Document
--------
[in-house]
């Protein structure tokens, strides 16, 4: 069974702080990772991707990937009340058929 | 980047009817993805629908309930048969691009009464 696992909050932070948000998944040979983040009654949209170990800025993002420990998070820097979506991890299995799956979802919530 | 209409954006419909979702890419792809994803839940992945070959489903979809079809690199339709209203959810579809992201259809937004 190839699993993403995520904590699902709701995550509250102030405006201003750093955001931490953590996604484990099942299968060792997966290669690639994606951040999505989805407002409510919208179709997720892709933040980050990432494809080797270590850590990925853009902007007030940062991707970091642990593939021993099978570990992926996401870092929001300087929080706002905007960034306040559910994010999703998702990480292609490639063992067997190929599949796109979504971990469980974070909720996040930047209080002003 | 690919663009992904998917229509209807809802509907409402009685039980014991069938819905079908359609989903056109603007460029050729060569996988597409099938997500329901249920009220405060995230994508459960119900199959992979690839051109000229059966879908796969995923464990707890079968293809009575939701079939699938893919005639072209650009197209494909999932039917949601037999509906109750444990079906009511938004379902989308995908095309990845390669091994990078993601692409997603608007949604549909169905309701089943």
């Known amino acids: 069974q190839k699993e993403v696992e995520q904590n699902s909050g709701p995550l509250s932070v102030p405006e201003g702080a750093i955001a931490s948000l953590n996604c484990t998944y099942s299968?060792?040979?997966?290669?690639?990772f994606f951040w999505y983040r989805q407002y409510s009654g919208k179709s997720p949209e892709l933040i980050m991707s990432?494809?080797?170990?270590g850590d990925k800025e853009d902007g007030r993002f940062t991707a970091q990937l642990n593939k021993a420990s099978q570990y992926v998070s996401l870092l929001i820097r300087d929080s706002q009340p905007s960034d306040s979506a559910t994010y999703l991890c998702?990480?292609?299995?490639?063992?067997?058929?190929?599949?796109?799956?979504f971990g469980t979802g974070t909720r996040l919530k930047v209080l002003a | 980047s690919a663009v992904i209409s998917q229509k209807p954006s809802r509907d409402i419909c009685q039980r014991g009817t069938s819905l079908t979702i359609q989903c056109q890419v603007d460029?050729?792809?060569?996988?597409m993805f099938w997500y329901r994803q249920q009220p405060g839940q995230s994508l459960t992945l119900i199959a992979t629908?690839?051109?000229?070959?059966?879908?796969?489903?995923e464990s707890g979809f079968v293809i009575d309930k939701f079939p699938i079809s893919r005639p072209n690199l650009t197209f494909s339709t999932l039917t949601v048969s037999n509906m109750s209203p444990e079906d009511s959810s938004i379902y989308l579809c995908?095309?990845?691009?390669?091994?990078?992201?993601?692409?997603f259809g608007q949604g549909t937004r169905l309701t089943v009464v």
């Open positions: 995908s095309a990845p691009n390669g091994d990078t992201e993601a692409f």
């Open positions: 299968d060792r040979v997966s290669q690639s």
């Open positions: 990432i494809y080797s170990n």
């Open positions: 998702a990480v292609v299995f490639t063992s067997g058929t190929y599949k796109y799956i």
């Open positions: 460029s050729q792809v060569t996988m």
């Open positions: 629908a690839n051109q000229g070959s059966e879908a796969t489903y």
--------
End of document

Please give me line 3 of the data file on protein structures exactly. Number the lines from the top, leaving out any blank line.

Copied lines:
């Known amino acids: 069974q190839k699993e993403v696992e995520q904590n699902s909050g709701p995550l509250s932070v102030p405006e201003g702080a750093i955001a931490s948000l953590n996604c484990t998944y099942s299968?060792?040979?997966?290669?690639?990772f994606f951040w999505y983040r989805q407002y409510s009654g919208k179709s997720p949209e892709l933040i980050m991707s990432?494809?080797?170990?270590g850590d990925k800025e853009d902007g007030r993002f940062t991707a970091q990937l642990n593939k021993a420990s099978q570990y992926v998070s996401l870092l929001i820097r300087d929080s706002q009340p905007s960034d306040s979506a559910t994010y999703l991890c998702?990480?292609?299995?490639?063992?067997?058929?190929?599949?796109?799956?979504f971990g469980t979802g974070t909720r996040l919530k930047v209080l002003a | 980047s690919a663009v992904i209409s998917q229509k209807p954006s809802r509907d409402i419909c009685q039980r014991g009817t069938s819905l079908t979702i359609q989903c056109q890419v603007d460029?050729?792809?060569?996988?597409m993805f099938w997500y329901r994803q249920q009220p405060g839940q995230s994508l459960t992945l119900i199959a992979t629908?690839?051109?000229?070959?059966?879908?796969?489903?995923e464990s707890g979809f079968v293809i009575d309930k939701f079939p699938i079809s893919r005639p072209n690199l650009t197209f494909s339709t999932l039917t949601v048969s037999n509906m109750s209203p444990e079906d009511s959810s938004i379902y989308l579809c995908?095309?990845?691009?390669?091994?990078?992201?993601?692409?997603f259809g608007q949604g549909t937004r169905l309701t089943v009464v």